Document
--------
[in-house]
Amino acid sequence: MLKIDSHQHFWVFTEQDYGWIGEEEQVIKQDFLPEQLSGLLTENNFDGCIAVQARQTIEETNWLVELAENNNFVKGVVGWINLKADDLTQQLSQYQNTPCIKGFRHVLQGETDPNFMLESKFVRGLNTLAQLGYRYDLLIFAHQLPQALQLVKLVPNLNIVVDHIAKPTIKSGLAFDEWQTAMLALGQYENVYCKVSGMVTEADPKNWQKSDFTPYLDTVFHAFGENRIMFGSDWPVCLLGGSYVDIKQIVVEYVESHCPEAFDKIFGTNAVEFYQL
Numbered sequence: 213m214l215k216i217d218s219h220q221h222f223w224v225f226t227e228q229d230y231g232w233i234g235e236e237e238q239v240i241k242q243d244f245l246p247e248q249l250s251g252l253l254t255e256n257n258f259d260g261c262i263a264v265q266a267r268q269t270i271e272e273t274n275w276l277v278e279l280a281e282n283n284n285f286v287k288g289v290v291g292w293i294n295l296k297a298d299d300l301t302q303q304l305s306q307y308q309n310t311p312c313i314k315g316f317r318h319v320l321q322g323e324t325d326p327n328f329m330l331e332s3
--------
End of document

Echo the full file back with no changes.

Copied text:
[in-house]
Amino acid sequence: MLKIDSHQHFWVFTEQDYGWIGEEEQVIKQDFLPEQLSGLLTENNFDGCIAVQARQTIEETNWLVELAENNNFVKGVVGWINLKADDLTQQLSQYQNTPCIKGFRHVLQGETDPNFMLESKFVRGLNTLAQLGYRYDLLIFAHQLPQALQLVKLVPNLNIVVDHIAKPTIKSGLAFDEWQTAMLALGQYENVYCKVSGMVTEADPKNWQKSDFTPYLDTVFHAFGENRIMFGSDWPVCLLGGSYVDIKQIVVEYVESHCPEAFDKIFGTNAVEFYQL
Numbered sequence: 213m214l215k216i217d218s219h220q221h222f223w224v225f226t227e228q229d230y231g232w233i234g235e236e237e238q239v240i241k242q243d244f245l246p247e248q249l250s251g252l253l254t255e256n257n258f259d260g261c262i263a264v265q266a267r268q269t270i271e272e273t274n275w276l277v278e279l280a281e282n283n284n285f286v287k288g289v290v291g292w293i294n295l296k297a298d299d300l301t302q303q304l305s306q307y308q309n310t311p312c313i314k315g316f317r318h319v320l321q322g323e324t325d326p327n328f329m330l331e332s3